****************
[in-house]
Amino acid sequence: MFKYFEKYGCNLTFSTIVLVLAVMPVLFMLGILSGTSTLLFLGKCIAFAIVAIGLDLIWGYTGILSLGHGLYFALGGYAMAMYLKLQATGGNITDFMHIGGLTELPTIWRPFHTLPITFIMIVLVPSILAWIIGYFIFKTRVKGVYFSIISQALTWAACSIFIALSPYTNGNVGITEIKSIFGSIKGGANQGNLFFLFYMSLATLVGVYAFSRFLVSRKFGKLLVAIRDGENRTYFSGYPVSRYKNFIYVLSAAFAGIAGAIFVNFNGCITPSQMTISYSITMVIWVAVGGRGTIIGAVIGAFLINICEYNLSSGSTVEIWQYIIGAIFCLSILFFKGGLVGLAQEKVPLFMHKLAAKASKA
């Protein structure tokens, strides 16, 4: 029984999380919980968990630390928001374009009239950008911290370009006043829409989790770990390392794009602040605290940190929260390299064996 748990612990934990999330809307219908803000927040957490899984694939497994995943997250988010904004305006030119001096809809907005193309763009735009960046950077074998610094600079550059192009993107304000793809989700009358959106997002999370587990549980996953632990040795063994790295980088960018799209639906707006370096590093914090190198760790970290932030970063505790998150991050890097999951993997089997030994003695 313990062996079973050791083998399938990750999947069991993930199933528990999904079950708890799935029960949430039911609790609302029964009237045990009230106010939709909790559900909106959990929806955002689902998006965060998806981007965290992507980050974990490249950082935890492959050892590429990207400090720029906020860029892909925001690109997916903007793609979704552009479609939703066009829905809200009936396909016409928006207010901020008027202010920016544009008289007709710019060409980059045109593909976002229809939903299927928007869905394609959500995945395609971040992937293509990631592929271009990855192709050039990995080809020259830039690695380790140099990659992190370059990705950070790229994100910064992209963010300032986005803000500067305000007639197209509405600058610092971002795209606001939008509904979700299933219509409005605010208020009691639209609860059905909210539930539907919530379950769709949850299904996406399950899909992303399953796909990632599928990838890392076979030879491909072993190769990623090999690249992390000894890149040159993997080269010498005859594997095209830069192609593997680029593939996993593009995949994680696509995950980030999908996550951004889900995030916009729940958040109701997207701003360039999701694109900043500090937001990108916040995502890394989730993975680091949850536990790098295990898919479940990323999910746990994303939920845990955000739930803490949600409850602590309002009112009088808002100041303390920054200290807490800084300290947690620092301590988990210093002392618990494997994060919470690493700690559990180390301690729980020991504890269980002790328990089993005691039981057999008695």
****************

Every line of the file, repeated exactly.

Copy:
[in-house]
Amino acid sequence: MFKYFEKYGCNLTFSTIVLVLAVMPVLFMLGILSGTSTLLFLGKCIAFAIVAIGLDLIWGYTGILSLGHGLYFALGGYAMAMYLKLQATGGNITDFMHIGGLTELPTIWRPFHTLPITFIMIVLVPSILAWIIGYFIFKTRVKGVYFSIISQALTWAACSIFIALSPYTNGNVGITEIKSIFGSIKGGANQGNLFFLFYMSLATLVGVYAFSRFLVSRKFGKLLVAIRDGENRTYFSGYPVSRYKNFIYVLSAAFAGIAGAIFVNFNGCITPSQMTISYSITMVIWVAVGGRGTIIGAVIGAFLINICEYNLSSGSTVEIWQYIIGAIFCLSILFFKGGLVGLAQEKVPLFMHKLAAKASKA
């Protein structure tokens, strides 16, 4: 029984999380919980968990630390928001374009009239950008911290370009006043829409989790770990390392794009602040605290940190929260390299064996 748990612990934990999330809307219908803000927040957490899984694939497994995943997250988010904004305006030119001096809809907005193309763009735009960046950077074998610094600079550059192009993107304000793809989700009358959106997002999370587990549980996953632990040795063994790295980088960018799209639906707006370096590093914090190198760790970290932030970063505790998150991050890097999951993997089997030994003695 313990062996079973050791083998399938990750999947069991993930199933528990999904079950708890799935029960949430039911609790609302029964009237045990009230106010939709909790559900909106959990929806955002689902998006965060998806981007965290992507980050974990490249950082935890492959050892590429990207400090720029906020860029892909925001690109997916903007793609979704552009479609939703066009829905809200009936396909016409928006207010901020008027202010920016544009008289007709710019060409980059045109593909976002229809939903299927928007869905394609959500995945395609971040992937293509990631592929271009990855192709050039990995080809020259830039690695380790140099990659992190370059990705950070790229994100910064992209963010300032986005803000500067305000007639197209509405600058610092971002795209606001939008509904979700299933219509409005605010208020009691639209609860059905909210539930539907919530379950769709949850299904996406399950899909992303399953796909990632599928990838890392076979030879491909072993190769990623090999690249992390000894890149040159993997080269010498005859594997095209830069192609593997680029593939996993593009995949994680696509995950980030999908996550951004889900995030916009729940958040109701997207701003360039999701694109900043500090937001990108916040995502890394989730993975680091949850536990790098295990898919479940990323999910746990994303939920845990955000739930803490949600409850602590309002009112009088808002100041303390920054200290807490800084300290947690620092301590988990210093002392618990494997994060919470690493700690559990180390301690729980020991504890269980002790328990089993005691039981057999008695």